Unfortunately, these myths seem to be having an effect on some senators—so we need to flood their offices with the truth before they vote, which could happen any day.

Tell the Judiciary Committee: HB 1319 must include public accommodations protections. That’s not up for debate.

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Episcopal Priest Speaks Out for Transgender Freedom in Memory of Her Daughter

April 19, 2018 by admin

It was just over a year ago that my 17-year old-came out as a transgender girl.

To the world looking in, my child was a typical guy’s guy — 6 foot 2 inches tall with wide shoulders, a deep baritone voice and a quick wit. But she told us that sometime during junior year of high school, she began to feel depressed and anxious as she became increasingly aware that she was not a boy after all — she was truly a girl.

My husband and I raised our child to be a high honors student, a valued crew team member, a star musician and a leader at a prestigious prep school, where she was elected president of her class all four years and was deeply loved and respected by her peers. She wanted her peers to know that even popular kids have struggles, and also wanted them to know that people they knew and respected could be transgender. So she courageously came out publicly last winter, adopting the name Emelia, which would have been the name we’d given her had she been born a girl.

Coming out as a transgender girl seemed to be a profound moment of liberation for Em, and she began to think about planning her transition. Then suddenly, on Jan. 28 of last year, she took her own life.

“It breaks my heart that our society didn’t feel like a safe place to Em, in large part due to the kind of discrimination she feared she would face.” —Rev. Elsa Worth, St. James Episcopal Church, Keene

Forty percent of all transgender teens either commit or attempt suicide. That’s 40 percent of all of our transgender sons, daughters, siblings, friends and family members. My husband and I did not know that statistic until it was too late. There is enormous stigma in our culture around being transgender no matter how much personal support you have, whether before or after a gender transition — especially for a transgender girl like Em. Even if your friends and family love and accept you, many in society do not, and there is little recourse should you encounter discrimination or hostility in housing, employment or in public spaces.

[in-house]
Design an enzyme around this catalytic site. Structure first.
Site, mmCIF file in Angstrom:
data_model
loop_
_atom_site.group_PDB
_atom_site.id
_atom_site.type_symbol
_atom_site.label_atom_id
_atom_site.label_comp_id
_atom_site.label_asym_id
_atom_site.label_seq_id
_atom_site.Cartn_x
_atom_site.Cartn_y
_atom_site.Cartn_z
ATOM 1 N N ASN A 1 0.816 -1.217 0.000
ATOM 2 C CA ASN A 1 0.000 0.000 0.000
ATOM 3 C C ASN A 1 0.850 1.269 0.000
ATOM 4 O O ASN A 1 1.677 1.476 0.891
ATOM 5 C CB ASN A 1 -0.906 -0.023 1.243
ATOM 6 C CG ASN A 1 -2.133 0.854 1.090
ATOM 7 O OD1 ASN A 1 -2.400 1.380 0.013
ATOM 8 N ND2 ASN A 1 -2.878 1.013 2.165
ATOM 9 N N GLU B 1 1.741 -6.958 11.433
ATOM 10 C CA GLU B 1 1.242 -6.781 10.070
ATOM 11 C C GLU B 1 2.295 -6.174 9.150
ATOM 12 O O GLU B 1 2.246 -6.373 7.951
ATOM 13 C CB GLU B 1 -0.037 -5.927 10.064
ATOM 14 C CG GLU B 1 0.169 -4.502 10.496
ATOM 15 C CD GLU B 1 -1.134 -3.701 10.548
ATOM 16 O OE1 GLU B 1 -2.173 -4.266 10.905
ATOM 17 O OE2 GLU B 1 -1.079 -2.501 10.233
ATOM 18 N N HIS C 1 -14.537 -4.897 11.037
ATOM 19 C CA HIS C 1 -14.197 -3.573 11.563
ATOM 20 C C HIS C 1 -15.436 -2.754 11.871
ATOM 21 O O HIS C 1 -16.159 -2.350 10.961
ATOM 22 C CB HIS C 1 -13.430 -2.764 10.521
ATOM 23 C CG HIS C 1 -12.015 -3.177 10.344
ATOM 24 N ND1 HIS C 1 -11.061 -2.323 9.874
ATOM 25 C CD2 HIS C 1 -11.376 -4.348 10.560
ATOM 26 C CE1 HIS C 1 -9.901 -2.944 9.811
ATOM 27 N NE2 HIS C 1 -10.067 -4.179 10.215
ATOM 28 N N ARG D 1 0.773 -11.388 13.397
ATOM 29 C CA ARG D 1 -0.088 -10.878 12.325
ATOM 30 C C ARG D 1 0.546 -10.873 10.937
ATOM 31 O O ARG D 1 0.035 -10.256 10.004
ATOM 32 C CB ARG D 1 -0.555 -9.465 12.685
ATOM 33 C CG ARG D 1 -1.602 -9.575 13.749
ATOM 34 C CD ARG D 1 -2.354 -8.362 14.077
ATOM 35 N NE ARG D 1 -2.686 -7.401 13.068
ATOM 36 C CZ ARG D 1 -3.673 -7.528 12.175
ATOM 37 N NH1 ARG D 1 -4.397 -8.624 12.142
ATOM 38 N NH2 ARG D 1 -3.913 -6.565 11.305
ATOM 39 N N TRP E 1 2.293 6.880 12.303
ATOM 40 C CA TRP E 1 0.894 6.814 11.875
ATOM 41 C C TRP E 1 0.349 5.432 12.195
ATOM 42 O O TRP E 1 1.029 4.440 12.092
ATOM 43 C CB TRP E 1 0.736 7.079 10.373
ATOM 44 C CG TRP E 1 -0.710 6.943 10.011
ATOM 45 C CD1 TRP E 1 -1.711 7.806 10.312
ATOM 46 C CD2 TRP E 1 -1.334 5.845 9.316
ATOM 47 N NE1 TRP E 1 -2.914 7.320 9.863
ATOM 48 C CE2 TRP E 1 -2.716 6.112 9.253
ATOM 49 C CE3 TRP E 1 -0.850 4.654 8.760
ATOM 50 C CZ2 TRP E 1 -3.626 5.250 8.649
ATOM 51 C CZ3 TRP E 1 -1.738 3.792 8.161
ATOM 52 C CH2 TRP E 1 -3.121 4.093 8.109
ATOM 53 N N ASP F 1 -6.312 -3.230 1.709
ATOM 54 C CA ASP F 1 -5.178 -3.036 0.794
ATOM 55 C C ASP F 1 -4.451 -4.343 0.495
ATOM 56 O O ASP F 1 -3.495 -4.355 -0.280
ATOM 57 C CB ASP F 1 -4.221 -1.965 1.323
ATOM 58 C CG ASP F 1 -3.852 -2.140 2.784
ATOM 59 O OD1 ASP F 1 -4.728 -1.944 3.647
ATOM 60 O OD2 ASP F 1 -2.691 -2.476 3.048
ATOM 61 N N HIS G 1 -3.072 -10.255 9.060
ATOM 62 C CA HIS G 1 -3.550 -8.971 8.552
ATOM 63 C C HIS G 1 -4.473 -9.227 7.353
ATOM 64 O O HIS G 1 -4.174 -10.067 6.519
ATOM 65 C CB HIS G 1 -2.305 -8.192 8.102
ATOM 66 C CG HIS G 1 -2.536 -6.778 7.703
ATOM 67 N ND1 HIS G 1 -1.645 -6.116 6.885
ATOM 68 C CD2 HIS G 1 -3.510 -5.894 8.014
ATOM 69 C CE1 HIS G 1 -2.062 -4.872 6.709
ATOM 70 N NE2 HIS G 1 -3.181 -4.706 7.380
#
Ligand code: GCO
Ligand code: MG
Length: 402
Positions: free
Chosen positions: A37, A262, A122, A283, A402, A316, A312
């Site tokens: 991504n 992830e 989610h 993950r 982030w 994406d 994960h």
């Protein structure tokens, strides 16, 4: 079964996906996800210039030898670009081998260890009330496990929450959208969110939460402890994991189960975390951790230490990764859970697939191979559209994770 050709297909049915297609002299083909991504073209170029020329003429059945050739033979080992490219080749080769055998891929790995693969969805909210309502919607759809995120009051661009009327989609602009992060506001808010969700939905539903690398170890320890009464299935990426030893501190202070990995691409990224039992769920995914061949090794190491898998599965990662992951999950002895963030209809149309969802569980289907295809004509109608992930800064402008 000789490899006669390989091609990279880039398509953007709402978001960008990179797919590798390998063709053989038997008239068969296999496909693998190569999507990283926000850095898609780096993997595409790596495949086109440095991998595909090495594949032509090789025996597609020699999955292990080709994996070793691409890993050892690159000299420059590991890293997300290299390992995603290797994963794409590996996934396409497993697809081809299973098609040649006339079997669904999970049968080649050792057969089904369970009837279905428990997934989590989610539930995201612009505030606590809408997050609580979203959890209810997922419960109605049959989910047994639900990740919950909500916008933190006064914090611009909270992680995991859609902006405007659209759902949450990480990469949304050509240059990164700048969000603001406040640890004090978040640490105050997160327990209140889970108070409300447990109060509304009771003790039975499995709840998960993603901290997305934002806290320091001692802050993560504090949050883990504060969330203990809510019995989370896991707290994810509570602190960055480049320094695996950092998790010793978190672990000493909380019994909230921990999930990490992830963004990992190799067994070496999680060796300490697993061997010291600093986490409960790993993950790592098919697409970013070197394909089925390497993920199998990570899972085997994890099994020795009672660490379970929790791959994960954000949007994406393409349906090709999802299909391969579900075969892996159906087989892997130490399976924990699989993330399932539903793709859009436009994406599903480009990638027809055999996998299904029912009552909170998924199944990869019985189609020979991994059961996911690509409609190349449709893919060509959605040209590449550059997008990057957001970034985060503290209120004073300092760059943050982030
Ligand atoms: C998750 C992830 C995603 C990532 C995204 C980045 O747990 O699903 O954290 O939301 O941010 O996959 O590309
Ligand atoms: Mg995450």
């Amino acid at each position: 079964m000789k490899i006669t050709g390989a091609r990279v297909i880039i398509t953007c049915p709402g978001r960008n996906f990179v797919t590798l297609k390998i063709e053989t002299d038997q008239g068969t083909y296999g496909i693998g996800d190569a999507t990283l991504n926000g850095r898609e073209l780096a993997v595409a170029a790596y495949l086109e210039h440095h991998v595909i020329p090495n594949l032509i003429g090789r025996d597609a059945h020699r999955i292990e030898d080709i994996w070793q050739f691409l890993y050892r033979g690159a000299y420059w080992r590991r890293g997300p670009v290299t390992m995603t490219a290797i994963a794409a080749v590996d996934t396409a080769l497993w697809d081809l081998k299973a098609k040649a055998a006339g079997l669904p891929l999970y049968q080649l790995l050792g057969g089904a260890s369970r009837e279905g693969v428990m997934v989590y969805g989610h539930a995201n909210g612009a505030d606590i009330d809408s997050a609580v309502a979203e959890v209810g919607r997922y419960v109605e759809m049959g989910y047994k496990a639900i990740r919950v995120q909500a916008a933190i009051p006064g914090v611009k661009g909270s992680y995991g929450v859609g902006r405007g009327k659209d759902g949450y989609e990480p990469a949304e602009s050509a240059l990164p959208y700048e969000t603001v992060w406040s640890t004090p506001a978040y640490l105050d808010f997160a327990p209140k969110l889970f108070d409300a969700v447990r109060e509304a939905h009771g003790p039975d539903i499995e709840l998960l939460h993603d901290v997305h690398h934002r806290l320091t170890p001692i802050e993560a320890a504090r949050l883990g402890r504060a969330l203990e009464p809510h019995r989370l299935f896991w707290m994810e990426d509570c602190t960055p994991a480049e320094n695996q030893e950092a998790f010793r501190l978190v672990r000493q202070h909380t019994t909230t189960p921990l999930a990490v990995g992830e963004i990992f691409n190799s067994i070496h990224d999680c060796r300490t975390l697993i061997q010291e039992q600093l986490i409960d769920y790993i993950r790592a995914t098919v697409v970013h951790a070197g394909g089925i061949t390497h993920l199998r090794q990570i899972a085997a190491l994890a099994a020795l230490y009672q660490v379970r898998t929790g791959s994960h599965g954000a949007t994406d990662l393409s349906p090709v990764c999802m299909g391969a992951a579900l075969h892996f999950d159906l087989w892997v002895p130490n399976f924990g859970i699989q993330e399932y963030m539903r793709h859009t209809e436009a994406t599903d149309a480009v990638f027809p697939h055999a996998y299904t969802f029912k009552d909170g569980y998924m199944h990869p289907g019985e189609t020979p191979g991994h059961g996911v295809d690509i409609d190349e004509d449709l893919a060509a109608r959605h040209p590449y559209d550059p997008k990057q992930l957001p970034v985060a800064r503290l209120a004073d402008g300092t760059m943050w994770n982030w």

Right now, under New Hampshire law, there are no measures that explicitly protect transgender people from discrimination. Despite growing public awareness and support for the LGBTQ community, transgender people still face horrific discrimination, harassment and violence in all areas of life.

It breaks my heart that our society didn’t feel like a safe place to Em, in large part due to the kind of discrimination she feared she would face.

I was able to recently testify in support of House Bill 1319, New Hampshire’s transgender nondiscrimination bill, in front of the House Judiciary Committee to honor Em’s memory. I was both shocked and pained to hear opponents talk about transgender people as if they are broken, damaged and a danger to children. I heard people claim that God does not want to see transgender people protected from discrimination. Some opponents even had the audacity to question my faith, and the faith of the other clergy present who were there in support of HB 1319.

I serve as the priest at St. James Episcopal Church in Keene and have been an ordained clergy person for 22 years. I regret that so many hurtful and stigmatizing claims about LGBTQ people have been asserted in the name of religion — and I reject such claims.

“It is because of these promises that I and so many people of faith advocate for legal equality for transgender people. It is because we know that all are created in God’s image — in all our amazing and beautiful diversity — and that includes those who are transgender.”

In our church, we preach that no matter what our faith or creed, we should treat others the way we would want to be treated. Failing to protect others from discrimination goes against this value and it hurts us all. In our Episcopal baptismal covenant, we promise to seek and serve God in all persons, loving our neighbor as ourselves. We promise to strive for justice and peace among all people, and to respect the dignity of every human being.

It is because of these promises that I and so many people of faith advocate for legal equality for transgender people. It is because we know that all are created in God’s image — in all our amazing and beautiful diversity — and that includes those who are transgender.

My daughter was loved by her family and by God, and we wish we had more time with her to show her that love. So I believe it is now part of my calling to make sure every transgender person knows how truly beloved they are.

“Putting nondiscriminatory measures in place are a basic and important step in offering vulnerable teens like Emelia the hope, confidence and inner peace to keep going despite the significant pressure of bias and stigma they will face.”

I have heard a great deal of fear expressed by the opponents of transgender equality. But love casts out fear, and this bill is grounded in compassion, fairness, equality and love. It assures our transgender citizens that New Hampshire intends to stand by them if they come up against life-damaging discrimination and provides them with more options than turning to desperate measures.